On 10/12/2016 02:53 PM, Michal Hocko wrote:
> On Wed 12-10-16 08:28:17, zijun_hu wrote:
>> On 2016/10/12 1:22, Michal Hocko wrote:
>>> On Tue 11-10-16 21:24:50, zijun_hu wrote:
>>>> From: zijun_hu <zijun...@htc.com>
>>>> the LSB of a chunk->map element is used for free/in-use flag of a area
>>>> and the other bits for offset, the sufficient and necessary condition of
>>>> this usage is that both size and alignment of a area must be even numbers
>>>> however, pcpu_alloc() doesn't force its @align parameter a even number
>>>> explicitly, so a odd @align maybe causes a series of errors, see below
>>>> example for concrete descriptions.
>>> Is or was there any user who would use a different than even (or power of 2)
>>> alighment? If not is this really worth handling?
>> it seems only a power of 2 alignment except 1 can make sure it work very 
>> well,
>> that is a strict limit, maybe this more strict limit should be checked
> I fail to see how any other alignment would actually make any sense
> what so ever. Look, I am not a maintainer of this code but adding a new
> code to catch something that doesn't make any sense sounds dubious at
> best to me.
> I could understand this patch if you see a problem and want to prevent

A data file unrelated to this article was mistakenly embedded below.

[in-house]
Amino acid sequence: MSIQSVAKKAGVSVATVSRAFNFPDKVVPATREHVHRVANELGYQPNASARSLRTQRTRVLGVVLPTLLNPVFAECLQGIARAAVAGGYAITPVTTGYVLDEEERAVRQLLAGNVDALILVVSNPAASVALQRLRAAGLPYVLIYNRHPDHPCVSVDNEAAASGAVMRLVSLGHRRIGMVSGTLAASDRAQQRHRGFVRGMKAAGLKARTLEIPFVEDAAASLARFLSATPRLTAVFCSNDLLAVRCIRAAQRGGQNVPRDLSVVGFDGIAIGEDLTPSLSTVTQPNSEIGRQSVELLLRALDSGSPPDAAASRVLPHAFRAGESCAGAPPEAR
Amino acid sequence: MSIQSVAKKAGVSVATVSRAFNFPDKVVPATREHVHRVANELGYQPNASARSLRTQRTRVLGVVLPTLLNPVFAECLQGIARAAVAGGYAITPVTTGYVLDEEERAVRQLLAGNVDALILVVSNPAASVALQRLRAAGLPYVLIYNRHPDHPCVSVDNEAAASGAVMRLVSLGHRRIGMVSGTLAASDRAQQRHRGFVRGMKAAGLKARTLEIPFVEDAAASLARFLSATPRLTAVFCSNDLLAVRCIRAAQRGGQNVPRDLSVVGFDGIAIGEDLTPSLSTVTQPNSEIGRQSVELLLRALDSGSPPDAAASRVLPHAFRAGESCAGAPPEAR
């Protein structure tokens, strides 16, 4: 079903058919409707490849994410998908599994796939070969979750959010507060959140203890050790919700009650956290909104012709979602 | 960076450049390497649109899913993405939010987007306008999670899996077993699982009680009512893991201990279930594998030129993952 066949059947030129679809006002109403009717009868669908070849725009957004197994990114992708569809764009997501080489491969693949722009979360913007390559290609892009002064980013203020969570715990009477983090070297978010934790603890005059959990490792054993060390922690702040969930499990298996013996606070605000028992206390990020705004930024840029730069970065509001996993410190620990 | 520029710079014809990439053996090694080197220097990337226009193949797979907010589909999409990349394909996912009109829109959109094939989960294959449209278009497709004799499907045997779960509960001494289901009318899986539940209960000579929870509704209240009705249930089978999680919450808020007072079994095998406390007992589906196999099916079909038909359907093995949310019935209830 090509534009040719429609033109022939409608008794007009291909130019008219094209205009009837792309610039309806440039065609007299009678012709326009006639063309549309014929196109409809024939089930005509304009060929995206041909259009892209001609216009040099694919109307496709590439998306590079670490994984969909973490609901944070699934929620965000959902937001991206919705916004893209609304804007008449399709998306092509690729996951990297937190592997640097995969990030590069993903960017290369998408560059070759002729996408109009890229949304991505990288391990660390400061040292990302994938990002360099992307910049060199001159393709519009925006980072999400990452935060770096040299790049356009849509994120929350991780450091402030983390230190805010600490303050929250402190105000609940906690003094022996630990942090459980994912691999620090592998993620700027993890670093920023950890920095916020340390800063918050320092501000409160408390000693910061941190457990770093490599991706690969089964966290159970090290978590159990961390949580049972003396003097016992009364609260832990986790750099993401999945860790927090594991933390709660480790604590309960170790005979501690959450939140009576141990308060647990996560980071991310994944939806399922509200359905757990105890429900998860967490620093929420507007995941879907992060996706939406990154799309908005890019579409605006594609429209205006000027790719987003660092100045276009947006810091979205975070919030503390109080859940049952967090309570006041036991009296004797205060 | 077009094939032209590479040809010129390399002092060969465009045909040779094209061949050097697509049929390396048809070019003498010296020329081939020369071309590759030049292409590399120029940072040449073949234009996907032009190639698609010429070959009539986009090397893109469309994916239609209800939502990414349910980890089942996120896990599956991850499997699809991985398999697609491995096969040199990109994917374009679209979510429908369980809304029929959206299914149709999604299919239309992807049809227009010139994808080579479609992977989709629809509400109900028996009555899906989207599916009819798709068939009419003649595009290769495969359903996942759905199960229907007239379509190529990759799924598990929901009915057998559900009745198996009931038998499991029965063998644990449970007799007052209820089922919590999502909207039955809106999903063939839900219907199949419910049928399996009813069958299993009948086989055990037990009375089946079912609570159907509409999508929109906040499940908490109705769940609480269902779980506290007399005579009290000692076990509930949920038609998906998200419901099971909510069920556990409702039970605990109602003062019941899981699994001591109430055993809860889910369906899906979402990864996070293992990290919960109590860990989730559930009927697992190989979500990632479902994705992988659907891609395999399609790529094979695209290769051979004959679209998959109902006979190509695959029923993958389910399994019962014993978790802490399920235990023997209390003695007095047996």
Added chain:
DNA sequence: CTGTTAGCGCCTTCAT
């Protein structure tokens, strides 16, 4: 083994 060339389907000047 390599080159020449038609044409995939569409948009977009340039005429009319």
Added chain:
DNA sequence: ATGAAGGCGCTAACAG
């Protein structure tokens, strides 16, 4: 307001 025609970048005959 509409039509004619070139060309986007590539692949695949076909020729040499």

> it from repeating bug doing these kind of changes just in case sounds
> like a bad idea.

thanks for your reply

should we have a generic discussion whether such patches which considers
many boundary or rare conditions are necessary.

i found the following code segments in mm/vmalloc.c
static struct vmap_area *alloc_vmap_area(unsigned long size,
                                unsigned long align,
                                unsigned long vstart, unsigned long vend,
                                int node, gfp_t gfp_mask)


should we make below declarations as conventions
1) when we say 'alignment', it means align to a power of 2 value
   for example, aligning value @v to @b implicit @v is power of 2
   , align 10 to 4 is 12
2) when we say 'round value @v up/down to boundary @b', it means the 
   result is a times of @b,  it don't requires @b is a power of 2

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